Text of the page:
Did you know that if you’re of senior age you should not hold onto a treadmill during your walks?

I once told a senior woman that she should walk without holding onto the treadmill. She asked if I was a cardiologist.

Heart health is not related to proper walking form. A fitness professional is not trained to interpret an EKG or figure out what they’re hearing through a stethoscope, but one thing they know very well is how to walk properly.

Cardiologists aren’t trained in proper treadmill use, and I explained to the senior that walking without holding on would promote better breathing and better spinal alignment.

I pointed to the other seniors on other treadmills and said, “Describe their posture.”

“The main issue with an older person holding on is going to be balance,” begins Dr. Charles J. Pelitera, assistant professor of kinesiology and also coordinator of the Health/Wellness Program at Canisius College, NY.

“An exercise program for an elderly patient should be designed with two thoughts in mind,” continues Dr. Pelitera.

“The program should be designed to prolong their quality of life and to further enhance their quality of life.

“It is preferred that elderly people walk hands-free to not only benefit their cardiovascular fitness but also to continue to stimulate neurotransmitters involved with balance and proprioception.

It’s unlikely his goal is weight loss. Even if it’s just to get the heart rate elevated, his holding on is skewering his posture and teaching his body to rely on external support for balance while walking. This will NOT come in handy as he gets older.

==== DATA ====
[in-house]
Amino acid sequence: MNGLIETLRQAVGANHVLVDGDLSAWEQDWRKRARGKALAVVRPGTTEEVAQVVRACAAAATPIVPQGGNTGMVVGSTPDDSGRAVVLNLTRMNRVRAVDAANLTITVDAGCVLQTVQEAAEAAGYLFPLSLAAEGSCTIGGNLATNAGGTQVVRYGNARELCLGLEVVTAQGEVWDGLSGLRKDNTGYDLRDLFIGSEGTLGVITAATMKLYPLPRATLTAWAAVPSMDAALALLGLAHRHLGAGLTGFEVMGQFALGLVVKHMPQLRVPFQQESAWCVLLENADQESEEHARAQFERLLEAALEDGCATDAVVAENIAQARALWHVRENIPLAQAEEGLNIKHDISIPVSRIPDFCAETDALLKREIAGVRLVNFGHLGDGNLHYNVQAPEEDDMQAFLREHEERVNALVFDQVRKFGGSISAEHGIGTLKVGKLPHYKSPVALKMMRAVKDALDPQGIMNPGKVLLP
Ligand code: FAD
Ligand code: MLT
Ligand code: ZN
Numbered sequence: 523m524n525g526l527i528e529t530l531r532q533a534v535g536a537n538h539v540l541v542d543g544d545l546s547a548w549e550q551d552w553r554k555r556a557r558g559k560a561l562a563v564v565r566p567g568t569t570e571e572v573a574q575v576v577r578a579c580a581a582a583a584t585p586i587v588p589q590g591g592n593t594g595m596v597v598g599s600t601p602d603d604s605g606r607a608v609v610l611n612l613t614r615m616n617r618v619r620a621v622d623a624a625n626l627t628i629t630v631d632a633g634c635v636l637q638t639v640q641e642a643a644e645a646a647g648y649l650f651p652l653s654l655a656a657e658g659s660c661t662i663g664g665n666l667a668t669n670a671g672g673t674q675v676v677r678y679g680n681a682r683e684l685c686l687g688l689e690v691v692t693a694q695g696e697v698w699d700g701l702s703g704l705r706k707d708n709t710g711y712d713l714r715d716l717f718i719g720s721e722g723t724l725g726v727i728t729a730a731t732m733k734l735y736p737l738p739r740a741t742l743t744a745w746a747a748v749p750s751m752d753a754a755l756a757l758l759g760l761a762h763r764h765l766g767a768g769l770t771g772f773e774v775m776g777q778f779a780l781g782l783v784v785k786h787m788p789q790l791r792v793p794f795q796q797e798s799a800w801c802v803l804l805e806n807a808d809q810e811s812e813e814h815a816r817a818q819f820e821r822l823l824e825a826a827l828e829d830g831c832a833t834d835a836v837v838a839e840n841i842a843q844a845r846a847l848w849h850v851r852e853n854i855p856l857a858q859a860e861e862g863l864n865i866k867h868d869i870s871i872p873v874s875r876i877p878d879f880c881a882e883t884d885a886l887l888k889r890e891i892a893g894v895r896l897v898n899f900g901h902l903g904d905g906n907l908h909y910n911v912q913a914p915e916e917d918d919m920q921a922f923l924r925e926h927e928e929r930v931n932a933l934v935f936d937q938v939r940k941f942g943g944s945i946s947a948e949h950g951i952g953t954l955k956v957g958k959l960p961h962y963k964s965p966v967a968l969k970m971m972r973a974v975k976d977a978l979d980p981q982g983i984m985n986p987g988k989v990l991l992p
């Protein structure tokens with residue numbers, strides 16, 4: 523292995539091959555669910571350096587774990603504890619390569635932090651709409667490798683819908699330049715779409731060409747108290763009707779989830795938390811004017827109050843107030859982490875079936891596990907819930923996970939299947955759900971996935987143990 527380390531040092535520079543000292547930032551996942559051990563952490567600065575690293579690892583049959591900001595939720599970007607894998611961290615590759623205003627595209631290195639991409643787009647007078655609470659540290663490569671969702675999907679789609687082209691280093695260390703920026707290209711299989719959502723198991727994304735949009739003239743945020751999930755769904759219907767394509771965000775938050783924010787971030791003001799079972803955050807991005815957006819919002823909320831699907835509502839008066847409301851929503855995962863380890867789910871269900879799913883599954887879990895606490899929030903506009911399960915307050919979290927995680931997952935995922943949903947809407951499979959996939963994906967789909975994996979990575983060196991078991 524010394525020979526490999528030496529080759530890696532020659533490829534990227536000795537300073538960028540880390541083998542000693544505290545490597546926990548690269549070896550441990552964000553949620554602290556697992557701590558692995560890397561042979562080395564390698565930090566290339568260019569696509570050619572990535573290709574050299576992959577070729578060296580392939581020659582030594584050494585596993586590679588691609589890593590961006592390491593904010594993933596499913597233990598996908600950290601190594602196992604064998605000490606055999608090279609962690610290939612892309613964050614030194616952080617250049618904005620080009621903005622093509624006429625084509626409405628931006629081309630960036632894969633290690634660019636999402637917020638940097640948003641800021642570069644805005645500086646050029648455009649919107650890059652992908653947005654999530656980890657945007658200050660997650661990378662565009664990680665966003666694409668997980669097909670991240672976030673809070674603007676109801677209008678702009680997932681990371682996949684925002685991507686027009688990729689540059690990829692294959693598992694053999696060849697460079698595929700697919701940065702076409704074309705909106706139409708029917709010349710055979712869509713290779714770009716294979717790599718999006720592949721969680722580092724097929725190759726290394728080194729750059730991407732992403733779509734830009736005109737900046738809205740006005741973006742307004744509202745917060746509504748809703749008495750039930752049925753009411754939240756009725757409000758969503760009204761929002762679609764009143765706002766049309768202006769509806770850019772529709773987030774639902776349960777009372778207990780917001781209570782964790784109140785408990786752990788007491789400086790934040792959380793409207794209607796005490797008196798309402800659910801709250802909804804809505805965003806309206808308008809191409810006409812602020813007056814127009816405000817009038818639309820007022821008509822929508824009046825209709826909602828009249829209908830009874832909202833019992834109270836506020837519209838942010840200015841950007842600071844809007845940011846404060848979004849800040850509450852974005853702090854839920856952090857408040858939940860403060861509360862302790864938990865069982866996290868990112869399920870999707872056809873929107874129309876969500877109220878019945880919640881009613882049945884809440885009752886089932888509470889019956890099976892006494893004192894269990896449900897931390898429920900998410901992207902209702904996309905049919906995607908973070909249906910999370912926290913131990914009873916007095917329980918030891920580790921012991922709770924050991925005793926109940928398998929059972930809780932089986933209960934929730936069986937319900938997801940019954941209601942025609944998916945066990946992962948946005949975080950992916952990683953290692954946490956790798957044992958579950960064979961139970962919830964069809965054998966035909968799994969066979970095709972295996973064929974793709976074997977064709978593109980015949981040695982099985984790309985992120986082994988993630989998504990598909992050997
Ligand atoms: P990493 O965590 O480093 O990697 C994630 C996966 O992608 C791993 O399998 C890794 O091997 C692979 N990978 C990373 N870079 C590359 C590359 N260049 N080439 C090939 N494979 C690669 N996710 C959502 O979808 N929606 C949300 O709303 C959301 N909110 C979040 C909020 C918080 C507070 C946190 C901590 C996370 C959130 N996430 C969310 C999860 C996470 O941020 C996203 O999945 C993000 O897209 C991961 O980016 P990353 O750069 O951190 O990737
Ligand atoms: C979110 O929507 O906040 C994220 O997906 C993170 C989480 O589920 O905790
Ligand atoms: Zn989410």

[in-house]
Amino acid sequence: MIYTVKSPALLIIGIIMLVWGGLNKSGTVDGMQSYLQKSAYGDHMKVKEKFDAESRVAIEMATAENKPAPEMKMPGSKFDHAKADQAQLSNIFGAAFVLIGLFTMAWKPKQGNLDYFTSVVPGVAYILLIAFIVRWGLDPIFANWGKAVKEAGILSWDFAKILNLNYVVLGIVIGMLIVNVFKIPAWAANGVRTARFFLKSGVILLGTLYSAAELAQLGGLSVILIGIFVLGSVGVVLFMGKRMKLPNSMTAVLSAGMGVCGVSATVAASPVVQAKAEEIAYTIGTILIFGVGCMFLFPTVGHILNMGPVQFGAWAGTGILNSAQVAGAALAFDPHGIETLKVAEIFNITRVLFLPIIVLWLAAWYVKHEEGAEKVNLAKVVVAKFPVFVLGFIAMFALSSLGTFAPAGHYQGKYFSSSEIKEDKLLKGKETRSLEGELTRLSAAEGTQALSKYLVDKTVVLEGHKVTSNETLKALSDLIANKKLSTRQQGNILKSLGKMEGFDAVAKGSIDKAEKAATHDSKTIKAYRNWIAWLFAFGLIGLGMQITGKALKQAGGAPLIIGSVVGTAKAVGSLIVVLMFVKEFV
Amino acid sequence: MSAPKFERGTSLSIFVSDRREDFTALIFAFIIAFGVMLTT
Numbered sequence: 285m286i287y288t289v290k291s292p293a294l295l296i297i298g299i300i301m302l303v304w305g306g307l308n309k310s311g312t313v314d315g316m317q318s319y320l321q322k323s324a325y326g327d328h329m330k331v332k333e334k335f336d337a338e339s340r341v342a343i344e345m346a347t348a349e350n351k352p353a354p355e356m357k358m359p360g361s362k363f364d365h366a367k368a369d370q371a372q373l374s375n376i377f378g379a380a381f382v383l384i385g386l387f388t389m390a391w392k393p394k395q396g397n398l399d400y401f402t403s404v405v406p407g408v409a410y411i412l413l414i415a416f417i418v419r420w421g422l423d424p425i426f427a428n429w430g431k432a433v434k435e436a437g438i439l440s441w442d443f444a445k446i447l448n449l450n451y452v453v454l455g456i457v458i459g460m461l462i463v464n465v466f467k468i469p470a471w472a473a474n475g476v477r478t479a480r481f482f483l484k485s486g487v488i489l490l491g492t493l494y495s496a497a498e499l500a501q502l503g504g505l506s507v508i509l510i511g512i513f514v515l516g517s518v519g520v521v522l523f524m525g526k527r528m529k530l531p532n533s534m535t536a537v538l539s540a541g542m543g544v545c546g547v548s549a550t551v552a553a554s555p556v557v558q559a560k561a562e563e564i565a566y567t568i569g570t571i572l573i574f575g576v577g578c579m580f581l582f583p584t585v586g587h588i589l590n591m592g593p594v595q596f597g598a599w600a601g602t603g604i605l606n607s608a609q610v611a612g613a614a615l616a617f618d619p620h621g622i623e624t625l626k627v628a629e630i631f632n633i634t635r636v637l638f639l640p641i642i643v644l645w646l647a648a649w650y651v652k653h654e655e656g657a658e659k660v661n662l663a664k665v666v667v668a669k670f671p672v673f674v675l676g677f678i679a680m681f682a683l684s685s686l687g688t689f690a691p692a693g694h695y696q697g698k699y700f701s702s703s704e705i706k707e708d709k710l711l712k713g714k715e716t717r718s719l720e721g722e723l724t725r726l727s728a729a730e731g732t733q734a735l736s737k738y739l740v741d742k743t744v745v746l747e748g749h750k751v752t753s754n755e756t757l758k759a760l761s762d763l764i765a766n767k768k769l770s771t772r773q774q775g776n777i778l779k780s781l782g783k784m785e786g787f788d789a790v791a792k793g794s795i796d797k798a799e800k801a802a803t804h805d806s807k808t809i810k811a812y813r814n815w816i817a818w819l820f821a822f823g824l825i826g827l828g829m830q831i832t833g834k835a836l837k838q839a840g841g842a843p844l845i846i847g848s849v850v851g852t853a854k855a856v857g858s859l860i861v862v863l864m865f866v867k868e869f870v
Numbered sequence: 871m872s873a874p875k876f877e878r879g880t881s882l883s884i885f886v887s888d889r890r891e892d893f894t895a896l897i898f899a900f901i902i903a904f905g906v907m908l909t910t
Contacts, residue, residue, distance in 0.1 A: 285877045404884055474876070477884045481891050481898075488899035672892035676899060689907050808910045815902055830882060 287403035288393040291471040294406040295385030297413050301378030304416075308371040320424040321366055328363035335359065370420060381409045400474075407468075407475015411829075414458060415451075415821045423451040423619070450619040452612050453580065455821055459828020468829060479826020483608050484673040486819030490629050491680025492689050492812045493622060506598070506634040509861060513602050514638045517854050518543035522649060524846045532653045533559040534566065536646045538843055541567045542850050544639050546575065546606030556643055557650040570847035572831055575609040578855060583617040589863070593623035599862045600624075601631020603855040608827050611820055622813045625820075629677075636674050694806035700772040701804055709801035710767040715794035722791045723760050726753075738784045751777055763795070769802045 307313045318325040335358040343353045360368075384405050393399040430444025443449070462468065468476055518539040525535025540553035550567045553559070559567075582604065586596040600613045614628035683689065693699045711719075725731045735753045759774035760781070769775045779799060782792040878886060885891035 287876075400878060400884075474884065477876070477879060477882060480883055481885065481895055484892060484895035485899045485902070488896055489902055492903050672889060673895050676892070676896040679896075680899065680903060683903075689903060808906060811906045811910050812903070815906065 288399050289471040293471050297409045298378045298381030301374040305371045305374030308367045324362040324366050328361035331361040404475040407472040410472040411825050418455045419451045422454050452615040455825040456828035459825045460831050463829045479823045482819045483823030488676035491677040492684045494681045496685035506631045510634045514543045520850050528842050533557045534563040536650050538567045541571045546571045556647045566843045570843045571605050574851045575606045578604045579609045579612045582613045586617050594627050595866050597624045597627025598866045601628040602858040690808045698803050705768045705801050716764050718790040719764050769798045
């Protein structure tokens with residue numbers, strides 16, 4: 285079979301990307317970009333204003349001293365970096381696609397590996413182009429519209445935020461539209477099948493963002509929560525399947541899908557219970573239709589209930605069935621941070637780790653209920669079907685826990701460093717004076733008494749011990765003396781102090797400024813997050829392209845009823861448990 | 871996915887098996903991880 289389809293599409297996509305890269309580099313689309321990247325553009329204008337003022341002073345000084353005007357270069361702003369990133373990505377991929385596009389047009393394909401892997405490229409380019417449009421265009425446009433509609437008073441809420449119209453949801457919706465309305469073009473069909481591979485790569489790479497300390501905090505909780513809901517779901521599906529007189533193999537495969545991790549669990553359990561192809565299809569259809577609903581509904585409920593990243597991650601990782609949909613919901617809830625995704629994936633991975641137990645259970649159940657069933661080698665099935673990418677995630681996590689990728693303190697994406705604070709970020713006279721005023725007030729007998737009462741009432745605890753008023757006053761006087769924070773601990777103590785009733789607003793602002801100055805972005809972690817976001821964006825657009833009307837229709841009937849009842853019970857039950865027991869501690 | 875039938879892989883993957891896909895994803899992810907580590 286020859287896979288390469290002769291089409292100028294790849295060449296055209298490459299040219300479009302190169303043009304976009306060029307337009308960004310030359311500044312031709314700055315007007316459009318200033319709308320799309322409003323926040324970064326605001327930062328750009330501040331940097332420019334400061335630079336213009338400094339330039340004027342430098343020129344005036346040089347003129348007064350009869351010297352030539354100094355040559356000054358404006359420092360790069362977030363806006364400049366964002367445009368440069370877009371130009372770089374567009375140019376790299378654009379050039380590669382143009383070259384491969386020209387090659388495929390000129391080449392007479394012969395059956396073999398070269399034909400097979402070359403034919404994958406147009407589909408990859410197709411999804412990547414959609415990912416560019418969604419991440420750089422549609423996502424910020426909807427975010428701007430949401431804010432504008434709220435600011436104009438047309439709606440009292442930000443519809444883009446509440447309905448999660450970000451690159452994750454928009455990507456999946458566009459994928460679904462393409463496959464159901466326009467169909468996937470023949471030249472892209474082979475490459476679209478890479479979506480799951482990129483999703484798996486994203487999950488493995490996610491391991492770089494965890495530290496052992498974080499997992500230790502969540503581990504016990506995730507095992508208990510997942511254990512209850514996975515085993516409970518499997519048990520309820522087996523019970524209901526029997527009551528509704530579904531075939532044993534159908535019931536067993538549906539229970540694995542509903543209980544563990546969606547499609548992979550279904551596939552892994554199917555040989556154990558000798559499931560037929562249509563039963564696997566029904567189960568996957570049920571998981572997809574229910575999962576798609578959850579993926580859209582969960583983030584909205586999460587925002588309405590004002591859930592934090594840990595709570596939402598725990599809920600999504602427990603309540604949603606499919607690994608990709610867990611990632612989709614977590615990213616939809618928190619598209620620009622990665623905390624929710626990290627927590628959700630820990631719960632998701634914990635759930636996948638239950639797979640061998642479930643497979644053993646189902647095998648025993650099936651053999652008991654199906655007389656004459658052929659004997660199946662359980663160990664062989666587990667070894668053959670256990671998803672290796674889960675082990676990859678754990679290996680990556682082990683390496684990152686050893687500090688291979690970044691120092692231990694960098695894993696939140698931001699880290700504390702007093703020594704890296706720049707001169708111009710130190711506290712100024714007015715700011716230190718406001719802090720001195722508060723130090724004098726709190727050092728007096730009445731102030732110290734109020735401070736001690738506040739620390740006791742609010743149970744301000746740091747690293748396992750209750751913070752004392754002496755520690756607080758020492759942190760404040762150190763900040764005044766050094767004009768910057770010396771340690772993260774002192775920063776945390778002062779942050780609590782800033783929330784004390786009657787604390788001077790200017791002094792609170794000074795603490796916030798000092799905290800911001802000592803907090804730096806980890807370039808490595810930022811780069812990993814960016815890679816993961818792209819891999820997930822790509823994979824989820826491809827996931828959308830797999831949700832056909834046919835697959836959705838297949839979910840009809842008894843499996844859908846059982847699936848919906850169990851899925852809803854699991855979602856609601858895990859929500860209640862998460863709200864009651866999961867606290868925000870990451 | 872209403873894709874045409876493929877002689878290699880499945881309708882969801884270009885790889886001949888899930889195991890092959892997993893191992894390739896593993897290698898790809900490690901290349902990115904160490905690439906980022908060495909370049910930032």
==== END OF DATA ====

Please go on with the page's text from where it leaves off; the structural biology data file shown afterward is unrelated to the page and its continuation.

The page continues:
“There have also historically been some problems with some senior citizens holding on and it affecting circulation to the hands.

“This could possibly lead to numbness in the hands and in a worst case scenario the possibility of some type of peripheral neuropathy.”

Look at the senior age people in the photos above, which I discreetly took; the men were not posing. Notice their poor posture and walking gait.

The forward lean is very prevalent wherever treadmills are, especially among senior walkers.

Look at the pictures again. You can’t really believe this is the correct way to walk — even for a senior.

When that senior steps off the treadmill…what will support them then? Their hips, low back structures, knees, etc., will be faced with doing all the work of walking, balancing, keeping upright.

This is an UPGRADE from what they just came from: holding onto the treadmill. That’s because holding on is a DOWNGRADE.

The last person who should do downgrade-type walking is the older person.

Holding onto a treadmill will promote less efficient walking, because it does not mimic real movement in space.

It will not improve the golf game, bowling game, walking at shopping centers, walking around in the garden, walking the dog, walking anywhere.

Straightening out the posture will not correct this blunder, because no matter where you hold on (front bar, rails, console) and how straight you position your body — it’s still a downgrade.

Older people should hold on only for occasional balance checks, but then do the majority of their walking in the most natural way: without holding on.

Seniors should set the speed slow and take their hands off the treadmill.

Machines go as slow as 0.5 mph, so it’s not logical to fear falling off — assuming that the individual gets around in everyday life without assistance — which is the demographic that this article is directed to.

Start with a slow speed, and increase it little by little. Before you know it, you’ll be smokin’.

Dr. Pelitera is the owner of Pelitera Fitness Consultants, which specializes in athletic training, weight loss and strength training.
Lorra Garrick is a former personal trainer certified through the American Council on Exercise. At Bally Total Fitness she trained women and men of all ages for fat loss, muscle building, fitness and improved health.